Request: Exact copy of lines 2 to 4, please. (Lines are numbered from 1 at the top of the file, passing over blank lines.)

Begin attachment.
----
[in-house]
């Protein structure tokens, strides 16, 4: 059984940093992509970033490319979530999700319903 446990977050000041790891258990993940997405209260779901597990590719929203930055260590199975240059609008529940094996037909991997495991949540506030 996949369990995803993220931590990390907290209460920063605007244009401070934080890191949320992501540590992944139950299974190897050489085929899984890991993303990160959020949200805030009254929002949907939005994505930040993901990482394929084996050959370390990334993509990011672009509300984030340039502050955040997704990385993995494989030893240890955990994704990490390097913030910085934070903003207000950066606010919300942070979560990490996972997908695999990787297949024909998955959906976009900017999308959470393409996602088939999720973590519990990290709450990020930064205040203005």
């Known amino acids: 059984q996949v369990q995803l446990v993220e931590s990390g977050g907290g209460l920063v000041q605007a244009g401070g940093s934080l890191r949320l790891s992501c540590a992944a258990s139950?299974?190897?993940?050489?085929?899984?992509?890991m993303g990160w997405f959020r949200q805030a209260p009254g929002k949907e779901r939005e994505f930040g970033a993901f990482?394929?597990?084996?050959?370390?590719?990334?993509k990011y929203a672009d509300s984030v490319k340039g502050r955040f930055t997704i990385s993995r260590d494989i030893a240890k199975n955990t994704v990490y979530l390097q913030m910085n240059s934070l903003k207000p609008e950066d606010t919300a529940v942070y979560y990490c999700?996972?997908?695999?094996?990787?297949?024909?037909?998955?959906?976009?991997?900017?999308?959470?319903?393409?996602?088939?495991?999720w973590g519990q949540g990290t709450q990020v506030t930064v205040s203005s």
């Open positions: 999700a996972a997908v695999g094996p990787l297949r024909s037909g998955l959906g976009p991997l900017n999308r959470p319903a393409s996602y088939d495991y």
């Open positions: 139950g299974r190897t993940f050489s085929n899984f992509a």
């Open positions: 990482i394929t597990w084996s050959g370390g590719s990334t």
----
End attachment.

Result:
């Protein structure tokens, strides 16, 4: 059984940093992509970033490319979530999700319903 446990977050000041790891258990993940997405209260779901597990590719929203930055260590199975240059609008529940094996037909991997495991949540506030 996949369990995803993220931590990390907290209460920063605007244009401070934080890191949320992501540590992944139950299974190897050489085929899984890991993303990160959020949200805030009254929002949907939005994505930040993901990482394929084996050959370390990334993509990011672009509300984030340039502050955040997704990385993995494989030893240890955990994704990490390097913030910085934070903003207000950066606010919300942070979560990490996972997908695999990787297949024909998955959906976009900017999308959470393409996602088939999720973590519990990290709450990020930064205040203005």
């Known amino acids: 059984q996949v369990q995803l446990v993220e931590s990390g977050g907290g209460l920063v000041q605007a244009g401070g940093s934080l890191r949320l790891s992501c540590a992944a258990s139950?299974?190897?993940?050489?085929?899984?992509?890991m993303g990160w997405f959020r949200q805030a209260p009254g929002k949907e779901r939005e994505f930040g970033a993901f990482?394929?597990?084996?050959?370390?590719?990334?993509k990011y929203a672009d509300s984030v490319k340039g502050r955040f930055t997704i990385s993995r260590d494989i030893a240890k199975n955990t994704v990490y979530l390097q913030m910085n240059s934070l903003k207000p609008e950066d606010t919300a529940v942070y979560y990490c999700?996972?997908?695999?094996?990787?297949?024909?037909?998955?959906?976009?991997?900017?999308?959470?319903?393409?996602?088939?495991?999720w973590g519990q949540g990290t709450q990020v506030t930064v205040s203005s």
């Open positions: 999700a996972a997908v695999g094996p990787l297949r024909s037909g998955l959906g976009p991997l900017n999308r959470p319903a393409s996602y088939d495991y």